Monday, September 27, 2010

Math: Mathematics Humour - Alice and Bob

In 1978 Ron Rivest, Adi Shamir, and Len Adlemen (known as RSA) published a paper entitled A Method for Obtaining Digital Signatures and Public-Key Cryptosystems (pdf). All modern public key cryptography descends from the work in this paper. If you use PGP or GPG then you are using math that was pioneered by Rivest, Shamir, and Adlemen.

The paper describes how the system works by working through scenarios where A and B are trying to communicate securely. Ron Rivest has said that he came up with the names Alice and Bob so he could use A and B in mathematical notation. Having one male and one female also meant that "he" and "she" could be used in the scenarios and people would know which "person" the authors were talking about. The introduction of the most famous couple in cryptography is as follows:

For our scenarios we suppose that A and B (also known as Alice and Bob) are two users of a public-key cryptosystem. We will distinguish their encryption and decryption procedures with subscripts: EA,DA,EB,DB.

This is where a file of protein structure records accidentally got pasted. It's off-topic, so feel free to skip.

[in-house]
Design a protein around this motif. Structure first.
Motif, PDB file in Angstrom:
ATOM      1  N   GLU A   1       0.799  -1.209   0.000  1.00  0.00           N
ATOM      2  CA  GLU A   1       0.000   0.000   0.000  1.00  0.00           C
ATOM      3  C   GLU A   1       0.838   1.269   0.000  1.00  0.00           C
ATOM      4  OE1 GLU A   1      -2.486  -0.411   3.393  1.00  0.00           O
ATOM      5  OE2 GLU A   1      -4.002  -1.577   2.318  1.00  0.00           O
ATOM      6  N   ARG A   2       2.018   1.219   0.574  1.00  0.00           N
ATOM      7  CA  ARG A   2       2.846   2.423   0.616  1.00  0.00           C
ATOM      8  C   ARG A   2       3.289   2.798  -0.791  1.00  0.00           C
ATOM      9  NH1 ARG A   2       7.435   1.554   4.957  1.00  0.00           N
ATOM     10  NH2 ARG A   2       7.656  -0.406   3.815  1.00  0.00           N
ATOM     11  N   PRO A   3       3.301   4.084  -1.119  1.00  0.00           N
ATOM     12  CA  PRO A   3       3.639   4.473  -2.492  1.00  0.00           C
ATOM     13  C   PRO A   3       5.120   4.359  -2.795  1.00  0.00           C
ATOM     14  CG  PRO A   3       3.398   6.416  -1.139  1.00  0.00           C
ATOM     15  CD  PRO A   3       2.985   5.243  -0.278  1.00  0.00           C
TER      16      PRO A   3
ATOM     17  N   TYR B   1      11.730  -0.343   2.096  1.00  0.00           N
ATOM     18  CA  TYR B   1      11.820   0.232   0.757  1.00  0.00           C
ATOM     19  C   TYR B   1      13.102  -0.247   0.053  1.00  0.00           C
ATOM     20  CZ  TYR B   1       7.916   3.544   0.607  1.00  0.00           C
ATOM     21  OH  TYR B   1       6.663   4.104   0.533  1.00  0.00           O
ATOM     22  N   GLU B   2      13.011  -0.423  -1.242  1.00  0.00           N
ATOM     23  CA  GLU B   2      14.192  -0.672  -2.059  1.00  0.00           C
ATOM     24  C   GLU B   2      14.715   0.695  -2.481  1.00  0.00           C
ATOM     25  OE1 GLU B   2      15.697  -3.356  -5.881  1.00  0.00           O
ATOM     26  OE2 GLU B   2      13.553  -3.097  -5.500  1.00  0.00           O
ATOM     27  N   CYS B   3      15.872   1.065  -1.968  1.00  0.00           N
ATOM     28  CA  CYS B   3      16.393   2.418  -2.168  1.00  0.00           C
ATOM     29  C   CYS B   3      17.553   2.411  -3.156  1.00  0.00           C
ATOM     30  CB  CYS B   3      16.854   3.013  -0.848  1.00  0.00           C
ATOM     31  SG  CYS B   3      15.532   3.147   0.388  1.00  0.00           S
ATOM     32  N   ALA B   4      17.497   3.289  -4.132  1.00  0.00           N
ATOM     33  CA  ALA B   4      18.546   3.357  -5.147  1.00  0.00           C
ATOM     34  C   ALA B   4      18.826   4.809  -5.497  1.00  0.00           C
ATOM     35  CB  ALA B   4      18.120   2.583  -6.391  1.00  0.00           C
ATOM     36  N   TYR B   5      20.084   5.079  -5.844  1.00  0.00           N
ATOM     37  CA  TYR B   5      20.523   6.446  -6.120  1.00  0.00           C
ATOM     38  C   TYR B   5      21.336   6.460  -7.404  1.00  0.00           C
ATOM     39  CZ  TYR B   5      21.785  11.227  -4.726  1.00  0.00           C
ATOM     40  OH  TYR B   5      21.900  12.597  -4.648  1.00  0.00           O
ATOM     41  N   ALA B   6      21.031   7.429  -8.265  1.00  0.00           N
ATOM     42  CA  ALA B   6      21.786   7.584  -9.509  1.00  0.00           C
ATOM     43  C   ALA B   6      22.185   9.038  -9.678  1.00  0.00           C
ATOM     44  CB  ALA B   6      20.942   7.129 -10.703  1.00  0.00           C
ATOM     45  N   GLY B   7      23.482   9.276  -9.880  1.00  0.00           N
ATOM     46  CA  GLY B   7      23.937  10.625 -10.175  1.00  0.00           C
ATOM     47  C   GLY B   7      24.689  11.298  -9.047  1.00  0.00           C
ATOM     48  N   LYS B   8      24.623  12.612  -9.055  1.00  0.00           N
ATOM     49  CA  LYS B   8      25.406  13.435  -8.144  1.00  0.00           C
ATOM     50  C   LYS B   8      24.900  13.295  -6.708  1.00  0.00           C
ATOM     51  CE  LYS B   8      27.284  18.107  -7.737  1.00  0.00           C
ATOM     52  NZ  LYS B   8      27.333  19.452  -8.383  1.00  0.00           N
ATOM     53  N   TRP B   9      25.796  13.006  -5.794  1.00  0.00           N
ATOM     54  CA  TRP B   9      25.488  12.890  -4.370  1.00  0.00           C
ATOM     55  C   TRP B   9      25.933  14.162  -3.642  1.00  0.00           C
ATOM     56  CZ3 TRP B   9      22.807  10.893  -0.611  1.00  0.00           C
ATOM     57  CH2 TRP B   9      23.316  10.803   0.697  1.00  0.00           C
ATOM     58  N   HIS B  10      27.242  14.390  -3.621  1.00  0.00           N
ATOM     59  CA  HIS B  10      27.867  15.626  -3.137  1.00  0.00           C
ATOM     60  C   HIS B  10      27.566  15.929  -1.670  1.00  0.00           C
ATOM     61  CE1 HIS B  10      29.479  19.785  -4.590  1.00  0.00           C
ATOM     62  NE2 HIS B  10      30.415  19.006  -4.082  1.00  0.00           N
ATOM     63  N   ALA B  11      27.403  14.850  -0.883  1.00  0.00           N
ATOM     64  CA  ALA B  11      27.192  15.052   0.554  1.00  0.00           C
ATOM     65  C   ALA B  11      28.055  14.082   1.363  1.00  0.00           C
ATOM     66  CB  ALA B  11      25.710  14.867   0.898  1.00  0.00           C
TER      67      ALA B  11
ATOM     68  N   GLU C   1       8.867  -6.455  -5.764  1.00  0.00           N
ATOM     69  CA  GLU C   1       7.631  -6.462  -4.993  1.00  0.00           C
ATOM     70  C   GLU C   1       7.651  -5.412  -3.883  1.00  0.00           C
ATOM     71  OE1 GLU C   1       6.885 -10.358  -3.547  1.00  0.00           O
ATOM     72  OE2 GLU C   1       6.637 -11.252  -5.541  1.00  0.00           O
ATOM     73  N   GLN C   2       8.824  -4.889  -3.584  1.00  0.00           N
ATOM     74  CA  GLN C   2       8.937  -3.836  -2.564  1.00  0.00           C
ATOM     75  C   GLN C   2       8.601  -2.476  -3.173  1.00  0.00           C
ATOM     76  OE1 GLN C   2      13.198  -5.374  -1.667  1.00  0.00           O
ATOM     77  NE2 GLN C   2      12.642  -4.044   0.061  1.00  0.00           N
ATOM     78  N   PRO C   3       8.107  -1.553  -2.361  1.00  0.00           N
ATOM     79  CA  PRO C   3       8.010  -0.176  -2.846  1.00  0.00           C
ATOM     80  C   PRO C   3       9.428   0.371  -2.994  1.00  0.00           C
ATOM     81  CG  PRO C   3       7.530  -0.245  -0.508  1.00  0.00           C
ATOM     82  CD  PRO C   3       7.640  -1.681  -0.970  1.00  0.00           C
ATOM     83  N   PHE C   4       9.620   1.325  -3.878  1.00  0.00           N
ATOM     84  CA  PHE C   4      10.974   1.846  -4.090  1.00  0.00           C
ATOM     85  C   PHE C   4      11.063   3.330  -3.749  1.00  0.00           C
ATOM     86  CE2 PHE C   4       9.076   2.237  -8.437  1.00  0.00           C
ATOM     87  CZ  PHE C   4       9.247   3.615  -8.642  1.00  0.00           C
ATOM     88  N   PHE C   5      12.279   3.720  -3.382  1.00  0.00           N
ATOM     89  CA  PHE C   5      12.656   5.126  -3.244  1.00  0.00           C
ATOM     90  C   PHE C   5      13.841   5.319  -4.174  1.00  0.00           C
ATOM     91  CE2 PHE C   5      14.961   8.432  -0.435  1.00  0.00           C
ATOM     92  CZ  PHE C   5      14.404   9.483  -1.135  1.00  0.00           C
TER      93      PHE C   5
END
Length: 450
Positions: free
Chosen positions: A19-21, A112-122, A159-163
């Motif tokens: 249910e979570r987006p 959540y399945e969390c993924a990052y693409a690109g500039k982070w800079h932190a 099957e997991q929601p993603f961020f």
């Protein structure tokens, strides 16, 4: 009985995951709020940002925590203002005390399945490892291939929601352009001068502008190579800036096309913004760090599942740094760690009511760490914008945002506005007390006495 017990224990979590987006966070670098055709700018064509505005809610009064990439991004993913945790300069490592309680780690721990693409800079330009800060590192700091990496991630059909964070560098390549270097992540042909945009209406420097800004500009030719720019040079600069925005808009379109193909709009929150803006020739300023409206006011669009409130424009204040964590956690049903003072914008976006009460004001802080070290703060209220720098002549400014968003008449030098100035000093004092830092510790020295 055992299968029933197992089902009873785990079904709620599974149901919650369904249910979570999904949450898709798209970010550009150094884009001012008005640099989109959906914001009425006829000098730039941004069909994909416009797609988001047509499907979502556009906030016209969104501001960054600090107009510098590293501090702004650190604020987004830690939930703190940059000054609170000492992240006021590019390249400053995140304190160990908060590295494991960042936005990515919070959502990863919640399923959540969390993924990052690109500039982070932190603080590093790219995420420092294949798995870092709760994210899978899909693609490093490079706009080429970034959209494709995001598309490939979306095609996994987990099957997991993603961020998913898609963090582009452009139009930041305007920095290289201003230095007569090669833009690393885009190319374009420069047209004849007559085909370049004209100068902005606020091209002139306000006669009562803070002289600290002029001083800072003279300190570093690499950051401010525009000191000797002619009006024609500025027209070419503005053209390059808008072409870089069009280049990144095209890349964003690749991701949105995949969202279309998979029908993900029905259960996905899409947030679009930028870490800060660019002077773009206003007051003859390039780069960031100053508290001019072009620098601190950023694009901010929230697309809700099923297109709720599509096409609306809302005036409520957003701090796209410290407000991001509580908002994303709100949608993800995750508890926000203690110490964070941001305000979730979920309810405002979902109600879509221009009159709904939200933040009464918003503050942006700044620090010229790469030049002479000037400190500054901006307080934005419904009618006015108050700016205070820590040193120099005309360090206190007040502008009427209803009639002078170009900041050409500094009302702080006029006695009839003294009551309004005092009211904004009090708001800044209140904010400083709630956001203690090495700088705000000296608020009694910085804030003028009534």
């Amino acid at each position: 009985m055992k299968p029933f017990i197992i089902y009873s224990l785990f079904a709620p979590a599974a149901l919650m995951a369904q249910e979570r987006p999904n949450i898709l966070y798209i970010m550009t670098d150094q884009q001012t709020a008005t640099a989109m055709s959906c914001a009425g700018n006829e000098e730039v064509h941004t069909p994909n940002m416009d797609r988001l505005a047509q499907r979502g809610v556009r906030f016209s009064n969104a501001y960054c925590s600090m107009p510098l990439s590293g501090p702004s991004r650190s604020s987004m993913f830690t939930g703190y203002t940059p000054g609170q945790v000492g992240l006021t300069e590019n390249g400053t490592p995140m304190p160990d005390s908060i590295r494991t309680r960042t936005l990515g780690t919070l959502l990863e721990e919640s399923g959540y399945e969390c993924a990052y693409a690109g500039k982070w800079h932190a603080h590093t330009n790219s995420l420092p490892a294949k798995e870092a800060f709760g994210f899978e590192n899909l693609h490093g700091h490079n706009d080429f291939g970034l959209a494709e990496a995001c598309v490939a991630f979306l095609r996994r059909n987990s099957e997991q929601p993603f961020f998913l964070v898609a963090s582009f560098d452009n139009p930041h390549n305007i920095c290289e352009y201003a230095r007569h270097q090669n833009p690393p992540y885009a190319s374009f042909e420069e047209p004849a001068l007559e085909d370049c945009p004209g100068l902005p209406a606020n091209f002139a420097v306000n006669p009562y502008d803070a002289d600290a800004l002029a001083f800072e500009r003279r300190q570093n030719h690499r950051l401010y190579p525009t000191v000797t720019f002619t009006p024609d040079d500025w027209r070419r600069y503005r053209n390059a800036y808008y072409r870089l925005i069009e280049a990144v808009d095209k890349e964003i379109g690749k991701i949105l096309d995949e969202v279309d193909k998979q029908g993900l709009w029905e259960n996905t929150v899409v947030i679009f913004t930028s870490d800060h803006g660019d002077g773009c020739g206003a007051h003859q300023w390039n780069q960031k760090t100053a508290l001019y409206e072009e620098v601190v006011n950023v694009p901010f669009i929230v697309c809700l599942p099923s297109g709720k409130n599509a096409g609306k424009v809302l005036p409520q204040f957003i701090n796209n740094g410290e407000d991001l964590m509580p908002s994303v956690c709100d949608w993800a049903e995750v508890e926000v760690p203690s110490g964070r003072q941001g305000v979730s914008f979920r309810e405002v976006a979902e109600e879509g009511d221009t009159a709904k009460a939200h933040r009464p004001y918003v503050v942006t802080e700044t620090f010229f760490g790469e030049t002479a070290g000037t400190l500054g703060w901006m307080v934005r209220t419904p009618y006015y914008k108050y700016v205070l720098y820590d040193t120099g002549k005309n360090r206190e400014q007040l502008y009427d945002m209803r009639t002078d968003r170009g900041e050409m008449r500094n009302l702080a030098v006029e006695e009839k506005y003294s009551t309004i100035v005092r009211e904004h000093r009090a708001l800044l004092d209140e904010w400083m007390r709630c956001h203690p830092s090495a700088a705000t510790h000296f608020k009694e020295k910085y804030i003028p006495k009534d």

Now Alice and Bob were soon joined by others. Eve is an eavesdropper on the conversations between Alice and Bob. Mallory is a malicious attacker. The list goes on and on.

Only 6 years after the original RSA cryptography paper John Gordon was able to give an after dinner speech where, tongue firmly in cheek, he gave more details and insights into Alice and Bob. John Gordon's The Alice and Bob After Dinner Speech covers Alice and Bob, how mathematicians share jokes, how to represent the alphabet with words, and even why you should be nice to your calculator.

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